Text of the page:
To rent or not to rent – this is not the question

As a 28 year old graduate living in London I am stuck in an indefinite rut of having to rent instead of buy. I’m on an ok-ish salary as is my partner, who is 30 this year, yet we are in no position to even save for a deposit let alone be granted a mortgage from the over restrictive banks of the moment. An average flat is currently £228, 681 in our area of SE London, but if we were to be granted a mortgage we would only be able to get 3 times our joint income totalling £165,000. Forget the fact that we would have to somehow save a 10% deposit of £16,500 (over half of my annual salary), but where would we find the remaining £63,681? We could of course move further out of London, however travel costs (which could then affect the mortgage we could afford) would then be an issue in addition to commuting time.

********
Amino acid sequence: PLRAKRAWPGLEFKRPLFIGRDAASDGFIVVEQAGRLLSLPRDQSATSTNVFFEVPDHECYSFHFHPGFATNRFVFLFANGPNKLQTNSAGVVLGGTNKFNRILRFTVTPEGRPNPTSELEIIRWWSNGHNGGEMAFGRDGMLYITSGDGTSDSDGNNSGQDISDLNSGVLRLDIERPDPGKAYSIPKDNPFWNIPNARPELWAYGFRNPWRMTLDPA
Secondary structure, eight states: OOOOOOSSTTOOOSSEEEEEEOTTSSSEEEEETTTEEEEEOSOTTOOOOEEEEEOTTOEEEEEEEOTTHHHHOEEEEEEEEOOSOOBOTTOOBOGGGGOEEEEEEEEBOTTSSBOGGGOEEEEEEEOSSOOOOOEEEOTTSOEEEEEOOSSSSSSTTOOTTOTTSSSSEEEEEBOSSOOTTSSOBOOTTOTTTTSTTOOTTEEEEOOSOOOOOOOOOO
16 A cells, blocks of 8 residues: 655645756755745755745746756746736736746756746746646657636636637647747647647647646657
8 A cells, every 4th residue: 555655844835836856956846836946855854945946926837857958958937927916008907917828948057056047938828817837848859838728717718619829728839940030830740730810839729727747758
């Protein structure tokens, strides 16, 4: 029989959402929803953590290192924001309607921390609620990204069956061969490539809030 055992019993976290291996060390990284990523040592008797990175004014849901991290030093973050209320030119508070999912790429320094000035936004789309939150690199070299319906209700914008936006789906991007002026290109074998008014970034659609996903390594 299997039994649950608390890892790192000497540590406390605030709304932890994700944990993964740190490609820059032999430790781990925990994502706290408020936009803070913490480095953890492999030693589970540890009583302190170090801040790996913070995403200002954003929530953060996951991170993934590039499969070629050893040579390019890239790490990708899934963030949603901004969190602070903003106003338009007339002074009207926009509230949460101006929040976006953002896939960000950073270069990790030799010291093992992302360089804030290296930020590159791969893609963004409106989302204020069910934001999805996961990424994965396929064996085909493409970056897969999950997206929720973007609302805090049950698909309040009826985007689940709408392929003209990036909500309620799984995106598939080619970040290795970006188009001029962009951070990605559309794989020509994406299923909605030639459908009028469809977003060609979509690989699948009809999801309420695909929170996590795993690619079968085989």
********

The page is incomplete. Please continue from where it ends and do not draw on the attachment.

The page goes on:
It is all well and good eliminating stamp duty on properties up to £250k for first time buyers, but we can’t even get over the first hurdle of affording a property in the first place. What the government should be looking into; is increasing tax on ‘buy to let’ investments in order to stop the out pricing of properties for first time buyers. What happens very often is an investor is happy to pay whatever and offers a higher amount than the asking price in order to get it and then lets it out at a high amount. Commonly entire blocks of flats are being bought immediately after being built and let out. This artificially increases the cost of properties and in addition increases the cost of renting in the market too. If the government really wants to get the economy moving again they need to back 100% mortgages for first time buyers and put a new policy in place preventing investors from outbidding hard working people who are just trying to make it in the world.


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